The recently completed ‘Revealing Oldknow’s Legacy Project’ had three parts: restoration of the Peak Forest Canal Aqueduct, investigation of the industrial archaeology and landscaping of the lime kiln complex off Strines Road, and furtherance of the industrial archaeological excavations of the Mellor Mill site, which had started in 2011 prior to granting of Heritage Lottery money in 2014.
A prime part of any Lottery project is involvement and education of the public. During this one much work was done with young people, and the sites were used in various imaginative ways. School children took part in archaeological digging, used information in ‘local studies’, made a film and wrote stories. They drew images giving their impressions of aspects of the various sites and connecting routes. Some of these were used to create embossed metal ‘rubbing tiles’ which have been placed at appropriate points. The idea is to place a piece of paper over the tile, and shade with a pencil or crayon when an impression of the image emerges, like a brass rubbing.
Clog tile on a post
But there was a problem. No one seemed to have thought it useful to tell everyone anything about the tiles, where they are or what to do with them. So, one morning Husband Eddie and I set off to ‘hunt the tiles’ armed with paper and crayons. We started at the aqueduct, taking the opportunity to go down the new footpath to admire the structure from below, and we enjoyed the lovely railings on the off-side of the aqueduct, designed to emulate the warp threads of a weaving loom. Then we followed the towpath up the lock flight to the lime kilns. We went back on to the towpath as far as Brick Bridge, down to Strines Road, and along the footpath which takes you across the railway and down to Lakes Road. Then to Mellor Mill, finishing for refreshments at the Roman Lakes café.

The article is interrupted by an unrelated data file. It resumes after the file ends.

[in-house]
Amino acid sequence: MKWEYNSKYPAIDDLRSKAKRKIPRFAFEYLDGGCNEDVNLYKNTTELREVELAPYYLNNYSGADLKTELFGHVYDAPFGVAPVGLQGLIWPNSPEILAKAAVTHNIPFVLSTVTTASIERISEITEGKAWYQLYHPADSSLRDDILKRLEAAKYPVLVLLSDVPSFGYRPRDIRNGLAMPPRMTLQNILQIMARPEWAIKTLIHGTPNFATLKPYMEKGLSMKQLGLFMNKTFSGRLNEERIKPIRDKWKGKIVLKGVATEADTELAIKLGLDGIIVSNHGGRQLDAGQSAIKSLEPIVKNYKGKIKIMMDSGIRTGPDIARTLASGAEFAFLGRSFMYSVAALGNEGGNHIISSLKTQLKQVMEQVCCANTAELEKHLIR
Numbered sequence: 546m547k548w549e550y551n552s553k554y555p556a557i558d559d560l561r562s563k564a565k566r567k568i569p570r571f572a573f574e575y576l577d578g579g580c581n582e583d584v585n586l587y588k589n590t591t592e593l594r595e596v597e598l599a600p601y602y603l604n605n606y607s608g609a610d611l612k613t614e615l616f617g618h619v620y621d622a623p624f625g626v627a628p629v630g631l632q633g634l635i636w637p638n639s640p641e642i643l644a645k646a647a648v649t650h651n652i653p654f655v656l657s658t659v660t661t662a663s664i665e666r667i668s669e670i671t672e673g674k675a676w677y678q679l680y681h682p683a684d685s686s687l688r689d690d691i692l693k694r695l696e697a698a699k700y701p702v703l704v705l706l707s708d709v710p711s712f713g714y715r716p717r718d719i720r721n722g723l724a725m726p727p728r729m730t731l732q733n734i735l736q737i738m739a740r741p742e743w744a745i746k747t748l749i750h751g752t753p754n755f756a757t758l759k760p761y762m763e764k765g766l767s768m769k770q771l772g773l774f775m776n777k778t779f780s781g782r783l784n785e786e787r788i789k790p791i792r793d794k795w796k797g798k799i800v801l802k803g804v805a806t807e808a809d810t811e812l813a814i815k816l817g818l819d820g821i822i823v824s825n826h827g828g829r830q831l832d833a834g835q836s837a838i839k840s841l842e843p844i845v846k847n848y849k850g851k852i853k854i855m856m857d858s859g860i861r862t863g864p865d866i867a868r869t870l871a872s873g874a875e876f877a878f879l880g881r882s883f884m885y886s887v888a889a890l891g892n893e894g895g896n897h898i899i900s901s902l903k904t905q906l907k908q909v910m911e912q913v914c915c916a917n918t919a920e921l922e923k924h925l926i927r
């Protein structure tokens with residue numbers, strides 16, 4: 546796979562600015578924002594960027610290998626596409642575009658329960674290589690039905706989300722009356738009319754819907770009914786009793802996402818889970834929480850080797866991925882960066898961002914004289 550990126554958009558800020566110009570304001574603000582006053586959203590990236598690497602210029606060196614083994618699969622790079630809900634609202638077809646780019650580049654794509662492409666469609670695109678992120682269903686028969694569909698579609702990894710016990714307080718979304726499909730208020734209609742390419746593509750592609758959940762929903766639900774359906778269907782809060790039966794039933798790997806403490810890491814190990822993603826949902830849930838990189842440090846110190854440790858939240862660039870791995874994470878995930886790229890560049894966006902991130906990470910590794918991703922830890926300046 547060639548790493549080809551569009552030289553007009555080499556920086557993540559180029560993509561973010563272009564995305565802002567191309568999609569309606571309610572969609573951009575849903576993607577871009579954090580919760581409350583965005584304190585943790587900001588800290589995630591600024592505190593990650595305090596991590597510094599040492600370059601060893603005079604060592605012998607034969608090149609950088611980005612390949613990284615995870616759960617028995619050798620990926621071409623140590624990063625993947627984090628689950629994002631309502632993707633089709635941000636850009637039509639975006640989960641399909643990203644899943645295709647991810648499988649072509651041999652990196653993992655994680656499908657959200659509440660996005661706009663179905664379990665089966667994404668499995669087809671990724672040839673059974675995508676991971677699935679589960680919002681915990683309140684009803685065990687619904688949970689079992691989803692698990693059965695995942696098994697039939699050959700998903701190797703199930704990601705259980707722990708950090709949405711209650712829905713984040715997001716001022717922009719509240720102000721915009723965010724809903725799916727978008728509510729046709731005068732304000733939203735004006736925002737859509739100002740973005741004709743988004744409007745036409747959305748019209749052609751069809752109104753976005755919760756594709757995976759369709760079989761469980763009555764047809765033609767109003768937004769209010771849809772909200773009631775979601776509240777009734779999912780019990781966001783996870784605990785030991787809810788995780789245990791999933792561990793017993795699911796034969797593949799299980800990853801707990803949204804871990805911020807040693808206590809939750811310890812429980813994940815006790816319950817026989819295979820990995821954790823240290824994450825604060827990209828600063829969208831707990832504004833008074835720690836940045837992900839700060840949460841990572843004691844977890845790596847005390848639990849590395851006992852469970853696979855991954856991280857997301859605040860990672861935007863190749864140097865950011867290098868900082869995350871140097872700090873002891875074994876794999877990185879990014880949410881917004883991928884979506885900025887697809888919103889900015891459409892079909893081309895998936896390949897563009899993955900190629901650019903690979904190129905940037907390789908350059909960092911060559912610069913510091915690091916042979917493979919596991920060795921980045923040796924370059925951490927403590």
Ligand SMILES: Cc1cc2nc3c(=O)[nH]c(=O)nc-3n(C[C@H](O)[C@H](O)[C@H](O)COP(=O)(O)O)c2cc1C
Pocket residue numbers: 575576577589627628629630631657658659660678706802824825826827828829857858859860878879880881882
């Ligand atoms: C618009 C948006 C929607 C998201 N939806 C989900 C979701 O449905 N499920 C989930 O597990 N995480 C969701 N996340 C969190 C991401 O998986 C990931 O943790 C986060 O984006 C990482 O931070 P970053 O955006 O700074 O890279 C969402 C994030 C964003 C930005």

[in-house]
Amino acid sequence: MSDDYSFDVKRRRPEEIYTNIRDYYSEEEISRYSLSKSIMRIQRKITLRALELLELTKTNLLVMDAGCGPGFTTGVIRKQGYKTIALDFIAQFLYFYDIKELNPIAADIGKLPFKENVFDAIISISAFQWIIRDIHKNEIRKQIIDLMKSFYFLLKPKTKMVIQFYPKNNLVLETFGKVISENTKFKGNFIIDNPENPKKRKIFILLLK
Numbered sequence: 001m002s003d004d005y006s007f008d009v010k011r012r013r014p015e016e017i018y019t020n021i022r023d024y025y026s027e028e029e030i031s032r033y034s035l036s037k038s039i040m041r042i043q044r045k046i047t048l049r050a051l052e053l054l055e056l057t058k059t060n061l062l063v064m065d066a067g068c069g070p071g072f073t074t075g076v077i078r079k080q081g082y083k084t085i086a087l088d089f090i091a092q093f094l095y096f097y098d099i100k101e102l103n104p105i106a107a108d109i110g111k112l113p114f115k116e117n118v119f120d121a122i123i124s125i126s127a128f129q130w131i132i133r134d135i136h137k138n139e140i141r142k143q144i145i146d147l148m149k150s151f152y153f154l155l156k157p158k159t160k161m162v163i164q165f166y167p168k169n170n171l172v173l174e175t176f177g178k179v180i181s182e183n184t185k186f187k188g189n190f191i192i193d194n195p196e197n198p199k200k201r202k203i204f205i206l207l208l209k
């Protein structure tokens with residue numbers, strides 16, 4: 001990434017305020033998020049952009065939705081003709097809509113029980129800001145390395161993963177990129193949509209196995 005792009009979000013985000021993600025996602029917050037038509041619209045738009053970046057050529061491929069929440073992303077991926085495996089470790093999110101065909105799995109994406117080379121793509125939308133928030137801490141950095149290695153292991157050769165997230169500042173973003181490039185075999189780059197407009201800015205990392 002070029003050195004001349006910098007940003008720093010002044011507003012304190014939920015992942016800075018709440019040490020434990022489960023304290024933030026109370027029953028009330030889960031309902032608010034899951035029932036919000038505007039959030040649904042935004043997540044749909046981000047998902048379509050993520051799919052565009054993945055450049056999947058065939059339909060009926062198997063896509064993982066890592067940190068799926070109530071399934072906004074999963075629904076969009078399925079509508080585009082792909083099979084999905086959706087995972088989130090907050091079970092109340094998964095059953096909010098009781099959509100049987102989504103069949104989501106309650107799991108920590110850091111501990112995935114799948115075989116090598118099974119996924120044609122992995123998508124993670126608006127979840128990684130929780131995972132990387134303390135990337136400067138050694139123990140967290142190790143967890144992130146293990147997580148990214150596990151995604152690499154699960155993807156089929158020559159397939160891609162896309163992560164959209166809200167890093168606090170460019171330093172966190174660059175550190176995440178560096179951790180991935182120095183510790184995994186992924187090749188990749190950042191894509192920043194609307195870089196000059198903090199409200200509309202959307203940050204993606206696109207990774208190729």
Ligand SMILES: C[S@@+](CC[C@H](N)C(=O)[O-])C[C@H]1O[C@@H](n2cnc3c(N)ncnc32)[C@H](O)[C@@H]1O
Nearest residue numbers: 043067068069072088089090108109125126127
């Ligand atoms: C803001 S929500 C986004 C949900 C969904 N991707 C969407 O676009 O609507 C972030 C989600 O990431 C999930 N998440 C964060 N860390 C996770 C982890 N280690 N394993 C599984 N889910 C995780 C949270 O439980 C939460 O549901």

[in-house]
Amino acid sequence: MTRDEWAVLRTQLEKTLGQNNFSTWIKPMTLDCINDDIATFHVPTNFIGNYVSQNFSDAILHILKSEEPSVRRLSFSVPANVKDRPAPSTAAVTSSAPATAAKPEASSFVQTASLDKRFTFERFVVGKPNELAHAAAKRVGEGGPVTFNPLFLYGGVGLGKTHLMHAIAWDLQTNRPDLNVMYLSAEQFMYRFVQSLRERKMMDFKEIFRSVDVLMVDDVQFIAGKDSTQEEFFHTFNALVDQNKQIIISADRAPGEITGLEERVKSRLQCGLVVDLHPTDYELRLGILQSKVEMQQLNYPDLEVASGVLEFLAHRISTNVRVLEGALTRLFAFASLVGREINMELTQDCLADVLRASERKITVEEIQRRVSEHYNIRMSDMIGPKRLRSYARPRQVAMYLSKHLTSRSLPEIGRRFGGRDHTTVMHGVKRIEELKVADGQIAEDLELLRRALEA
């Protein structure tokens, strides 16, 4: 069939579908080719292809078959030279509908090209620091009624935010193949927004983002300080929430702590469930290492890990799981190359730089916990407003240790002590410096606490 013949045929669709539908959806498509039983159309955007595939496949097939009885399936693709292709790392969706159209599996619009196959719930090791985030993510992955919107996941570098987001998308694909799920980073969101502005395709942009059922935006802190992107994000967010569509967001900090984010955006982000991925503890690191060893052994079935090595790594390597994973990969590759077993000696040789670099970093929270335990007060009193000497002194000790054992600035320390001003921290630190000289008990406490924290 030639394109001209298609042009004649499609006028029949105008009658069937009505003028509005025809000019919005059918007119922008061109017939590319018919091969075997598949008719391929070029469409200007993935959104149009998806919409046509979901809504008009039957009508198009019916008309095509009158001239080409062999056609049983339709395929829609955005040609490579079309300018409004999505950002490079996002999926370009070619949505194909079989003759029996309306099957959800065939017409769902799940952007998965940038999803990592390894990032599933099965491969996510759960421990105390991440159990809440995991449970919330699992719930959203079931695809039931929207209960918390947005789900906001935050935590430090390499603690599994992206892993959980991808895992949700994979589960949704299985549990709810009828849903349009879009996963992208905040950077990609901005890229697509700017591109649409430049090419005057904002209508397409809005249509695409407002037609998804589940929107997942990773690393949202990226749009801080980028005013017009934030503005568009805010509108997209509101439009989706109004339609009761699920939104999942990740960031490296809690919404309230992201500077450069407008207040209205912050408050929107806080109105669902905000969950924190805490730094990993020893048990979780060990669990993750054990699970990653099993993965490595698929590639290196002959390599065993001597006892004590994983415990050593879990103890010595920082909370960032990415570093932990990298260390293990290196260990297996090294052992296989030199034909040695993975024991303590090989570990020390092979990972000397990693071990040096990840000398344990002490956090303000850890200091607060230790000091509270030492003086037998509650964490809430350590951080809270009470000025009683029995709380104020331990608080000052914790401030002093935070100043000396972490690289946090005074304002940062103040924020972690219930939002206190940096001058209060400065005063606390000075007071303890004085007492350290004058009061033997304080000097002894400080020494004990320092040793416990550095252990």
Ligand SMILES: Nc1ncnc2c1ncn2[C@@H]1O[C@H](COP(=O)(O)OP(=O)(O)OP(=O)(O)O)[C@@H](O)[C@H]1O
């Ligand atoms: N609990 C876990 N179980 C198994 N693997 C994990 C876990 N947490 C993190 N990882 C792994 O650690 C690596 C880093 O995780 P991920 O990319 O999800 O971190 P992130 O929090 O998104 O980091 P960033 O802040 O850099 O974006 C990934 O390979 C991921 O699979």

On a seat at the Romiley end of Aqueduct
Along the way we had great fun finding and rubbing 18 tiles and deciding what they represent. There’s no certainty that we’ve found them all, so it’s for you to continue the voyage of discovery. Our walk took about 3 hours, but of course, you don’t have to do the whole route in one go, or in the order we did. It gave a new dimension to exploring our local heritage and certainly makes you look around carefully. Photos of some of the tiles with their locations illustrate this article, and a leaflet has been produced with a map showing the location of all the tiles, on sale at the Roman Lakes Café, proceeds to Mellor Archaeological Trust, to help with maintenance costs of the mill site. So, if you do come across any of the rubbing tiles, you now know how and why they came to be.
Judith Wilshaw, December 2019